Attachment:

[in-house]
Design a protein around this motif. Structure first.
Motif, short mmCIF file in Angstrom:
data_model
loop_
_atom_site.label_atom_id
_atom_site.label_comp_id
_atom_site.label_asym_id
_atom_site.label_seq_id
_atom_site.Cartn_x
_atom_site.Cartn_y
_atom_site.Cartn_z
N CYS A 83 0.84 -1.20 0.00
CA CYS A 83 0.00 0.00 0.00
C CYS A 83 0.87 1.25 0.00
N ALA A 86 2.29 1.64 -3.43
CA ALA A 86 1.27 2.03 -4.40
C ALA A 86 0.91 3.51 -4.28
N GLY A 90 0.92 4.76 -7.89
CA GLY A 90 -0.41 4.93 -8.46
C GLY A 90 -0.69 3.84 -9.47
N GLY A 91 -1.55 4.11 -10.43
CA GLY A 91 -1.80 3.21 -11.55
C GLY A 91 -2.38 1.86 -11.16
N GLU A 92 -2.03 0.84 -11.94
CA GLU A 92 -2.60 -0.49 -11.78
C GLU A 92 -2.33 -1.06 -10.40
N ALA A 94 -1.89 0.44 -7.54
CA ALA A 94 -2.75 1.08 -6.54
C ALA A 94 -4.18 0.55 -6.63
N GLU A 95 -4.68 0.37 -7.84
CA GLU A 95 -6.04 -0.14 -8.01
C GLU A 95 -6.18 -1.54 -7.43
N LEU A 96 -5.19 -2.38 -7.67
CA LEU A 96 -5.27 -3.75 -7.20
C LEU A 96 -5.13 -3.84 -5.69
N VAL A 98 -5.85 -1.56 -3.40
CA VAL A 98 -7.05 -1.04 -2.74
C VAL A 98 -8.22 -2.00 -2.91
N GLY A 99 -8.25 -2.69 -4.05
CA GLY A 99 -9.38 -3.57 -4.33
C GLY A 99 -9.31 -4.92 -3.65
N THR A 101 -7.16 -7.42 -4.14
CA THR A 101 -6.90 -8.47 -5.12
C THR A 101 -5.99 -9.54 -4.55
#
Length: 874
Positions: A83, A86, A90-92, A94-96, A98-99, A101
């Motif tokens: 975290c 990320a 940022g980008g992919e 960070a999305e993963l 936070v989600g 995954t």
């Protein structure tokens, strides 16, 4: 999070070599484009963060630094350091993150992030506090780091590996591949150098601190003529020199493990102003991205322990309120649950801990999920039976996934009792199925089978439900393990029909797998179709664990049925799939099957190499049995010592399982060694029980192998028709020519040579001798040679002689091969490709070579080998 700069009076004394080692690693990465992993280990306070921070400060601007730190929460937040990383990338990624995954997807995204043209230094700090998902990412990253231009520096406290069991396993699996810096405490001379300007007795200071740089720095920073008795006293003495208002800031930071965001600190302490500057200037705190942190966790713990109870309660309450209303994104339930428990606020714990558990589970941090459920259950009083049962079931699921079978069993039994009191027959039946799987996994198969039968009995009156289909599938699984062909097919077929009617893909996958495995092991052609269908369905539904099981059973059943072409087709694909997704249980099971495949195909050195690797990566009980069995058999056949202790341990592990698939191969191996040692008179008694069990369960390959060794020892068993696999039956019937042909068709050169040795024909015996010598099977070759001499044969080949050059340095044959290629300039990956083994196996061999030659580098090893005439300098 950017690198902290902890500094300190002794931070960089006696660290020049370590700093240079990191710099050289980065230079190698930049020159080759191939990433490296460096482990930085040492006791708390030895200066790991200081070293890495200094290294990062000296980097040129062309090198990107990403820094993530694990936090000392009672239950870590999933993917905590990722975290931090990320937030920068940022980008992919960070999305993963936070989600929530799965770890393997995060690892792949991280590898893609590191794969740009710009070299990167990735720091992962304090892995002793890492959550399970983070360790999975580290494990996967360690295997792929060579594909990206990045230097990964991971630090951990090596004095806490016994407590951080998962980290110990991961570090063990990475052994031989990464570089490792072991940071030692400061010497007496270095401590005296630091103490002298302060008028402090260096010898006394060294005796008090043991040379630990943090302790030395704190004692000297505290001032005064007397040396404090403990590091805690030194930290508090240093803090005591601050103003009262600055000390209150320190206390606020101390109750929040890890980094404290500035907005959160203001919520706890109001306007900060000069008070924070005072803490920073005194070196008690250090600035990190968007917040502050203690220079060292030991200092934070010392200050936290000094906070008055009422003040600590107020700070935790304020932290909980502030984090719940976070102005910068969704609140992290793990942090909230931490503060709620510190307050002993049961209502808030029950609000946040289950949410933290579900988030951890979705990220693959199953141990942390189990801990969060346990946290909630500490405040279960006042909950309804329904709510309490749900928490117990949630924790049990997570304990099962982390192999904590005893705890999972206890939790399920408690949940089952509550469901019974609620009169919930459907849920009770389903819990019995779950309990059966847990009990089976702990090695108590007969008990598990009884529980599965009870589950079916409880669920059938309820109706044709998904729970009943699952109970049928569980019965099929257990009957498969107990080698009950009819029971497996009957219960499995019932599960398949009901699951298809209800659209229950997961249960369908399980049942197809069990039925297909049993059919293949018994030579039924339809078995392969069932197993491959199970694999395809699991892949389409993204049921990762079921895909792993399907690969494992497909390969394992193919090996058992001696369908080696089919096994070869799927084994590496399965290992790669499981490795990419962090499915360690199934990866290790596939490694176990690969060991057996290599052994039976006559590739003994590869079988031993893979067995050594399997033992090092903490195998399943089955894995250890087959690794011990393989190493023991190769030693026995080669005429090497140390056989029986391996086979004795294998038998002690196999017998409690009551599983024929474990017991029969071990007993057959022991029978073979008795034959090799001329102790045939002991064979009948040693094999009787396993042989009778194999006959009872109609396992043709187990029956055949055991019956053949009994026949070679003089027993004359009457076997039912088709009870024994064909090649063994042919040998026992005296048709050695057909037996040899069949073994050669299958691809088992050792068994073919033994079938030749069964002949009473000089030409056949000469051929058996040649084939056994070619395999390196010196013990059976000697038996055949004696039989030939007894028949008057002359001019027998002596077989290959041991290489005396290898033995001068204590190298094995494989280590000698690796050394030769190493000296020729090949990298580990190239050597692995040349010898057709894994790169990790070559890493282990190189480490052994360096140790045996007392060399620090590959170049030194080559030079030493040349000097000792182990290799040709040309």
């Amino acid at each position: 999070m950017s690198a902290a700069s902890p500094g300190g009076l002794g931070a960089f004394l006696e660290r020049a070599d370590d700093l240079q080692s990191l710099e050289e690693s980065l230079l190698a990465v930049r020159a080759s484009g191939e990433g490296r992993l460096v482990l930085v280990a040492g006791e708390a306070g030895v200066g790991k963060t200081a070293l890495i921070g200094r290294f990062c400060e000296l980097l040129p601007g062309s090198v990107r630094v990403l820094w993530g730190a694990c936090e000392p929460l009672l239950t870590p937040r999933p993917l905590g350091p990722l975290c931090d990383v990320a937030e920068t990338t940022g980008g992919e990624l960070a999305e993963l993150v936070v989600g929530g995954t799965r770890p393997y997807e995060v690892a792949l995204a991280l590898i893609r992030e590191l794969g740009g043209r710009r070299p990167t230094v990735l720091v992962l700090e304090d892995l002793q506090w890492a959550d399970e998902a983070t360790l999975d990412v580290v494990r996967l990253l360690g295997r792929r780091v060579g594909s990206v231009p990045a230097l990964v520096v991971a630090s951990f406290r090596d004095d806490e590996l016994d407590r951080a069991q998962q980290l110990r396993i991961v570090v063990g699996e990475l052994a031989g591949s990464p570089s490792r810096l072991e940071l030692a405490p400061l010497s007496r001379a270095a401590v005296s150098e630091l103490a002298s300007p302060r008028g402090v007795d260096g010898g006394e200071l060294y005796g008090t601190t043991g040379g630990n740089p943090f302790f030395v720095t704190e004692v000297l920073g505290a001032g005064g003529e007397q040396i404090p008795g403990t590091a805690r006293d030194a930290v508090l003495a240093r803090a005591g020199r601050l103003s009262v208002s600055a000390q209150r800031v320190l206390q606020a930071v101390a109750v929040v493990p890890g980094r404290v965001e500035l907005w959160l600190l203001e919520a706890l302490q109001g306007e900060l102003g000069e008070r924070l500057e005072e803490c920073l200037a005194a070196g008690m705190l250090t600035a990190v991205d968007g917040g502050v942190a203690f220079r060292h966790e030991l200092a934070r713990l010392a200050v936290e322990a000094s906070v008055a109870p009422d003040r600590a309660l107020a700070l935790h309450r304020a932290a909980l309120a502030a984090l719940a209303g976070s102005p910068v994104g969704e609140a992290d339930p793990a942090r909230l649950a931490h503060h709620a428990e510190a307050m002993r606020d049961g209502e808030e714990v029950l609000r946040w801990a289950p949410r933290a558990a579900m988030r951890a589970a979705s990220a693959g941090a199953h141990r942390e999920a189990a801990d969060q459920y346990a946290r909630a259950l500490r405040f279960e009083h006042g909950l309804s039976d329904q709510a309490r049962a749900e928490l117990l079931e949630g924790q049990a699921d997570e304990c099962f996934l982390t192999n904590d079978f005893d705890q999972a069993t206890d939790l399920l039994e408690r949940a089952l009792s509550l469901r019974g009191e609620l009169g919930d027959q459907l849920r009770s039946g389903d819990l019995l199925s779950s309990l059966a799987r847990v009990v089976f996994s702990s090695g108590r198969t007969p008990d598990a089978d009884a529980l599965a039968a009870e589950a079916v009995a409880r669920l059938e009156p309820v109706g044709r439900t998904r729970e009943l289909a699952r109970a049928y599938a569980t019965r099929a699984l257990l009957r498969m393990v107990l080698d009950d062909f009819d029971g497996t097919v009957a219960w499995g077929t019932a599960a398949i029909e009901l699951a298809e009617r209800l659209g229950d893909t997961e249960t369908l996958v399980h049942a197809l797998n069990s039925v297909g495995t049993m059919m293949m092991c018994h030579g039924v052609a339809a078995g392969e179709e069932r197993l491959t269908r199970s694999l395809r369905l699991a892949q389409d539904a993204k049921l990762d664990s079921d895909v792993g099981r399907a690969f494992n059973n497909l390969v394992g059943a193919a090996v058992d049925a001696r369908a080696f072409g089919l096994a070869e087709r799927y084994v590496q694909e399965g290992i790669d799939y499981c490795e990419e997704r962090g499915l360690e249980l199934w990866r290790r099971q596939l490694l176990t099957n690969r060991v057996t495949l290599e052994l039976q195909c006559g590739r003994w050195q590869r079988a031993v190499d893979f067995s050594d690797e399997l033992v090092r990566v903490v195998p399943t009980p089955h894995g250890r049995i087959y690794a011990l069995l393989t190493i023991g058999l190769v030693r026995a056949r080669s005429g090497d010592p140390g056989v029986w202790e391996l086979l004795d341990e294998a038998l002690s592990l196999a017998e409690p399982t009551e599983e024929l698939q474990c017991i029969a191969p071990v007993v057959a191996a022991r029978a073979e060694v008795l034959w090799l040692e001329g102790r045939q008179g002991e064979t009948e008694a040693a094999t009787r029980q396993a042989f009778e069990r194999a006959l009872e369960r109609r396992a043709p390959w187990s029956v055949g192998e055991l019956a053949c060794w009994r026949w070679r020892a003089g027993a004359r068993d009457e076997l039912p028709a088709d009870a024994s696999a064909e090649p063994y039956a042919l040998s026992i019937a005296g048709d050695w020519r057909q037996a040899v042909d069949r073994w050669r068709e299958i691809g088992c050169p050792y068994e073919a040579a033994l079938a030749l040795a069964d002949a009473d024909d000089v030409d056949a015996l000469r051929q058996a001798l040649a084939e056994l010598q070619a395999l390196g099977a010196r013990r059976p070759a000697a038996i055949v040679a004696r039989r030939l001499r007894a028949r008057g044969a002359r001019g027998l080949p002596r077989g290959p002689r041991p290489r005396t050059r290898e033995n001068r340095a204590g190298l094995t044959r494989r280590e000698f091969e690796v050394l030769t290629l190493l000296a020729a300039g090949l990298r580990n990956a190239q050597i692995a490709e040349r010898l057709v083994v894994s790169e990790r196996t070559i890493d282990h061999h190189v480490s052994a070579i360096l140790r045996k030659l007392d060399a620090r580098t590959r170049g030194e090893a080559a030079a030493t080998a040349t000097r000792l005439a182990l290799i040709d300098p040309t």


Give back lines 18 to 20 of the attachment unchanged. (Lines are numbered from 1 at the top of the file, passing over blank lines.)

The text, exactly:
C ALA A 86 0.91 3.51 -4.28
N GLY A 90 0.92 4.76 -7.89
CA GLY A 90 -0.41 4.93 -8.46